The Ear Especially

You don’t need eschatology to see the finitude
in all this. Cantilever arm of all sweetness,
pinions of every description
in the sinew of its reaching out. And towards
what? The globe is fine corpulence, the flesh
of the ear especially,

vigour of sports car on wet May bitumen slighting
the bone catacomb smart. Paris, hello. Where
have you hidden my brother, and Now,
my brother’s brotherhood. There is a Southern Californian
song about all of this that eschatology
cannot penetrate. So stop, sweet claw of new day,
digits clammy.

The clay pits, to gasp with hand on back of head,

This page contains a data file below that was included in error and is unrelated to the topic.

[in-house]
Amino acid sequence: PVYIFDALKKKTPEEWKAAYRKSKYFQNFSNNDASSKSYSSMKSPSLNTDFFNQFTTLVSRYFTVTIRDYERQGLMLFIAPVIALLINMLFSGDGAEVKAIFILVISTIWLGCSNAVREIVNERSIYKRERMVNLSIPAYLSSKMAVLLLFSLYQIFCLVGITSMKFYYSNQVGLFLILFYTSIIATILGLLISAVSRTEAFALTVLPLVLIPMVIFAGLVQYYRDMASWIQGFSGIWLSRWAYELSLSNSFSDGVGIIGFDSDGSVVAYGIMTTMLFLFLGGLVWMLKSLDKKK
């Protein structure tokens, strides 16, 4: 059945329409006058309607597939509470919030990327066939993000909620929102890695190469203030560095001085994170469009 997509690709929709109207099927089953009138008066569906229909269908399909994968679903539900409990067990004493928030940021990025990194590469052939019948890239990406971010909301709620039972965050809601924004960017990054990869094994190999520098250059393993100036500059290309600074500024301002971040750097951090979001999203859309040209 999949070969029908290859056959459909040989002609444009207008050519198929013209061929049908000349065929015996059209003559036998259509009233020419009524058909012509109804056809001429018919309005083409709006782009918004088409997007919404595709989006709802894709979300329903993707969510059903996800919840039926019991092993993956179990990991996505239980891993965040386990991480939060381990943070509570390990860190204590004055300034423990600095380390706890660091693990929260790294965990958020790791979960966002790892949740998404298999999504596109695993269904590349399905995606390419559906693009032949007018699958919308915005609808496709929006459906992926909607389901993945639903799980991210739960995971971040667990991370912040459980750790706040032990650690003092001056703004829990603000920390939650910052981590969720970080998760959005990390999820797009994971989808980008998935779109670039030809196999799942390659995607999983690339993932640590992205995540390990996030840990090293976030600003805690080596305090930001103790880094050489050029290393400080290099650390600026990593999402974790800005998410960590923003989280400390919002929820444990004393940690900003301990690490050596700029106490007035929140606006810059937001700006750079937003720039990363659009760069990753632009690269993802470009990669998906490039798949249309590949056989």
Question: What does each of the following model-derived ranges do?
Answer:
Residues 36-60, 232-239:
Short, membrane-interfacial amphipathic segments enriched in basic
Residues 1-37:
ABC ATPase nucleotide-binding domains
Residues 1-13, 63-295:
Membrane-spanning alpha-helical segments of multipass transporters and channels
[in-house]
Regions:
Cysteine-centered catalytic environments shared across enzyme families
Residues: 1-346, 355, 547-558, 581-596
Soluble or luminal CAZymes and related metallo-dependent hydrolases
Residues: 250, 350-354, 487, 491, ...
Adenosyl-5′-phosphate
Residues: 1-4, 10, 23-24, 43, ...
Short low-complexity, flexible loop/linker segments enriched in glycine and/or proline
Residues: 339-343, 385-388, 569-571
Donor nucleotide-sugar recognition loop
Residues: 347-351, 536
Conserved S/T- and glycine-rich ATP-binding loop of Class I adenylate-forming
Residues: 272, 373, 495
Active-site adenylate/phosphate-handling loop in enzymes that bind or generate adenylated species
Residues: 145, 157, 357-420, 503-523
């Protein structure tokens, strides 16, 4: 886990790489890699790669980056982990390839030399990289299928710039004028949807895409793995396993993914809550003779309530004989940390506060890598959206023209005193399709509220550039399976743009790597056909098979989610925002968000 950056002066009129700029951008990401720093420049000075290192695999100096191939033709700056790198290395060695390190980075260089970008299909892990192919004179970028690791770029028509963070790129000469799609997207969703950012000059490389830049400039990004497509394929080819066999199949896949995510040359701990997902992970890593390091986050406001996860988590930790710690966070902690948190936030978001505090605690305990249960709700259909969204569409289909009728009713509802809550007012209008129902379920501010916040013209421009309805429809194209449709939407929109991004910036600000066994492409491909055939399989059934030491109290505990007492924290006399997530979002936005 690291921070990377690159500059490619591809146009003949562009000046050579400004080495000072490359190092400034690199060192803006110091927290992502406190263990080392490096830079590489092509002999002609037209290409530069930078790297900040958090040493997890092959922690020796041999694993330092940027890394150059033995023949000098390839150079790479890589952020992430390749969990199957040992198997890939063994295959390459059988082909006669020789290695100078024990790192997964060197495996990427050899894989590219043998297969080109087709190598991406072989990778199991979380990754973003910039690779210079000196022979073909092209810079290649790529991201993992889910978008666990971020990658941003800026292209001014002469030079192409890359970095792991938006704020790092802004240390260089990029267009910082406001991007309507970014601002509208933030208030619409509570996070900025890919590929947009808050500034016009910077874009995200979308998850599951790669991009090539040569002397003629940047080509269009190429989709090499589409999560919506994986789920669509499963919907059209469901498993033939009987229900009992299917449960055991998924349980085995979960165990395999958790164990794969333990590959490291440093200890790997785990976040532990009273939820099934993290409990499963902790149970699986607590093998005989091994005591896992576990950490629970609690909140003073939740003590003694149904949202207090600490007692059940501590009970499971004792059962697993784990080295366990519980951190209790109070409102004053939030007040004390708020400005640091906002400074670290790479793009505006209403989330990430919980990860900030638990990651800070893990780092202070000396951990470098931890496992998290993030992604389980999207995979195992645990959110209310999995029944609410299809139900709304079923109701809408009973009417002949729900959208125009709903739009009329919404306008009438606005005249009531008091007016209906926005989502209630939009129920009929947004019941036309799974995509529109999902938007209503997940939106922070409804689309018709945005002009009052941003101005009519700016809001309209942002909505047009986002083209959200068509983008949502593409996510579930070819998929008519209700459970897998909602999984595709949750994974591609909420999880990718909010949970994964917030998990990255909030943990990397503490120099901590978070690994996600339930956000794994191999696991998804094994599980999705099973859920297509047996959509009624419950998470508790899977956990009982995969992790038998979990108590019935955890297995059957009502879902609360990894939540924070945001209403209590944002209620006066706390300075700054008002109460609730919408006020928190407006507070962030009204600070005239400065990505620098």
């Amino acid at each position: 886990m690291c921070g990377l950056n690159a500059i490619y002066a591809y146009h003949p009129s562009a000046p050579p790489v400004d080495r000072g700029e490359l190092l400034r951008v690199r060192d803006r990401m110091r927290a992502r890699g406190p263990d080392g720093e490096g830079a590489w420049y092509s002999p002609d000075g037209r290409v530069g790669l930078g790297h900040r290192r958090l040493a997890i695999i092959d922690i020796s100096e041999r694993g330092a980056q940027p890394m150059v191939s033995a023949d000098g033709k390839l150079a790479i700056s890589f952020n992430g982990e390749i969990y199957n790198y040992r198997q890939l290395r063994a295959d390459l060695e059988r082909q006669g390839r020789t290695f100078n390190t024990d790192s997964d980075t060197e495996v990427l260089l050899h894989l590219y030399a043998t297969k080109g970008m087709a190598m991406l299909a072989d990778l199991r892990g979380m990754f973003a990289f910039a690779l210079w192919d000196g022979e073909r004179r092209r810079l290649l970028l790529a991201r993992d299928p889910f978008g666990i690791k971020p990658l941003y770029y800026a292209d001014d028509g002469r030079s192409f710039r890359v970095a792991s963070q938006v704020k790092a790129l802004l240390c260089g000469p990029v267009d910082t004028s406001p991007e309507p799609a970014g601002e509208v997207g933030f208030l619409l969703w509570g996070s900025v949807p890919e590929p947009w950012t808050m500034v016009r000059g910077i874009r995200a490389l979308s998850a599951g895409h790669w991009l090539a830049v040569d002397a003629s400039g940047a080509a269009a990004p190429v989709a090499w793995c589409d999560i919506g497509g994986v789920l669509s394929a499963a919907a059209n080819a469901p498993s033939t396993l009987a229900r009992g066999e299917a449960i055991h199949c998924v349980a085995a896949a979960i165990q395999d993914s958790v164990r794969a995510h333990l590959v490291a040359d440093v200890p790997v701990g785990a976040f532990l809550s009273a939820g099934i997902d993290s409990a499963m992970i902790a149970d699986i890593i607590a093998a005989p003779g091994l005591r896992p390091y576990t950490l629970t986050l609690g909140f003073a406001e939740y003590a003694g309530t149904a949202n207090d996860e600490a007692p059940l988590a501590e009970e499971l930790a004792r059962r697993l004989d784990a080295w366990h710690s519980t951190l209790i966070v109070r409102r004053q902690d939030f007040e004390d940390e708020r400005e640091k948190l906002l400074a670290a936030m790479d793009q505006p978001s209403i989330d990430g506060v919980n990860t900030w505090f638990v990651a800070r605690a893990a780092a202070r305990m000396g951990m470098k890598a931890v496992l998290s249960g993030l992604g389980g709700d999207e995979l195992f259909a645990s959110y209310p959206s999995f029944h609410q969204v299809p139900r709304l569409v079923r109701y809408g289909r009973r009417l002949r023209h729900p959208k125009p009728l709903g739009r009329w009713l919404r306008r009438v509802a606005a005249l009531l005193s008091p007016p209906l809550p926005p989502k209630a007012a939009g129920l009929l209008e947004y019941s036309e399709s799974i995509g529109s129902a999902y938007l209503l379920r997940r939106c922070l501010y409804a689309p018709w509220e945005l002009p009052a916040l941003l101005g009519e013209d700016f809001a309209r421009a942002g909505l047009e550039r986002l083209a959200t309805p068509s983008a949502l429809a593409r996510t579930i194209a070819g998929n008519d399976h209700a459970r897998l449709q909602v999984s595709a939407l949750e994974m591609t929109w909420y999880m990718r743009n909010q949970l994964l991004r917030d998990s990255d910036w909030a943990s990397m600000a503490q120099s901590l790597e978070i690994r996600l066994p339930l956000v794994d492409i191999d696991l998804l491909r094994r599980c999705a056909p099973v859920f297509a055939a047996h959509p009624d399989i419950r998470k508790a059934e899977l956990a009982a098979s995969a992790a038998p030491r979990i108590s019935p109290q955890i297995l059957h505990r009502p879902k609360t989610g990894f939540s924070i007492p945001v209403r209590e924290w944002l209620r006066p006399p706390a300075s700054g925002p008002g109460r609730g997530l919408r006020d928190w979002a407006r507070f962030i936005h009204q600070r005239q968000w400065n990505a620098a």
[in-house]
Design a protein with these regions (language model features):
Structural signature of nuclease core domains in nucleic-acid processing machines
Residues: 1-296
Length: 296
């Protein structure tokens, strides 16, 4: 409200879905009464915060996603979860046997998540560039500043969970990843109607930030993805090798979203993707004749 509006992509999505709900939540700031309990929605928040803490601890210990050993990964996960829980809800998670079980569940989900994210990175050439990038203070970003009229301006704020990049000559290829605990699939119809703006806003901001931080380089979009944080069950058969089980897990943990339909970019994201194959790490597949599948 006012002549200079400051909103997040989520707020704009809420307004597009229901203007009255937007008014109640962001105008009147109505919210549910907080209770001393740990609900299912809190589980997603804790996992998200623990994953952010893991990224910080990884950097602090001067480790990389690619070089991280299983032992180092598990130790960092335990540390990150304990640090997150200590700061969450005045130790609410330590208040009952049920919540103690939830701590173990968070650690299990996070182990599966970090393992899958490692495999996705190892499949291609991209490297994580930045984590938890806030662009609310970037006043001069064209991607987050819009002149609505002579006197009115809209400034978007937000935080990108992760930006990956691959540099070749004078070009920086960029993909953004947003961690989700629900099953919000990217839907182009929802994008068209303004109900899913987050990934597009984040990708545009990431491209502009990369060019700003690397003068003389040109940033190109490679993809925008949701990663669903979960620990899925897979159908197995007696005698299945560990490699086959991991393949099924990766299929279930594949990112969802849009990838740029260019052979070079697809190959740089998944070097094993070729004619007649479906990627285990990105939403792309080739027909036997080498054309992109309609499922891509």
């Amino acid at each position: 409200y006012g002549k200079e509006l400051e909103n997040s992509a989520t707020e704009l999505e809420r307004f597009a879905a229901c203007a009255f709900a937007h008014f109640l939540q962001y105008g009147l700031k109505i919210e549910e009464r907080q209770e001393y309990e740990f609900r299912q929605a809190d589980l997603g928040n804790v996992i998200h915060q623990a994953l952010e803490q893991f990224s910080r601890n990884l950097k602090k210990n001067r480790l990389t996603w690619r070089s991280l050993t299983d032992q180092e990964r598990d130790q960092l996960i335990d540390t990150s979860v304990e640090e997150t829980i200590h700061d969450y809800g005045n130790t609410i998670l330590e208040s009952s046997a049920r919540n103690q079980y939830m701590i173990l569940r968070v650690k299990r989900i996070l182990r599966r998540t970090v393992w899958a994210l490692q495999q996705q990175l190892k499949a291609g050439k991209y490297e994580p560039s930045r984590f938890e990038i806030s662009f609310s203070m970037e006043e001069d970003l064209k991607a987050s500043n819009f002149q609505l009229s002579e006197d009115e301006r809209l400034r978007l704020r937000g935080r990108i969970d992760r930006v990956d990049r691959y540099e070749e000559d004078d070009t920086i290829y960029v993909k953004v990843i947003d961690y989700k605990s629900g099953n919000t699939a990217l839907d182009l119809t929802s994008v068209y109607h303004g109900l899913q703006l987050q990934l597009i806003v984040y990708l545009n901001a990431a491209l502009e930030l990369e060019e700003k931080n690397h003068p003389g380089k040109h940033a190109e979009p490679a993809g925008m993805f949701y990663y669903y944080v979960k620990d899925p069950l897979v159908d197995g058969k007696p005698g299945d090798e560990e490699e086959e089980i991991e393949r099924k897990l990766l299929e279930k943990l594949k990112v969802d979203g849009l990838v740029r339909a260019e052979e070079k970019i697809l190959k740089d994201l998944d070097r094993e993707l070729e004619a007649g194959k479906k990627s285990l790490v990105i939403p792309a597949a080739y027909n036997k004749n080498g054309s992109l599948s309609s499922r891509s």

to be lulled to sleep like the puppet infanta,
side with brother clover and fatten wanton,
lope the lambent disguise if but only in the moment
of finitude. Need not finitude to see the sweetness
in all of this that made eschatologies
unrenewable, when instead,

and we do know this, the fossil only comes twice,
as in: all time under, the all time no time above.
That grasp, darling hand, park your car, knowing restlessness
and velocity in the woken, in the face.

Corey Wakeling

Corey Wakeling is a poet and critic living in Takarazuka, Japan. His second full-length collection of poems is The Alarming Conservatory (Giramondo, 2018).

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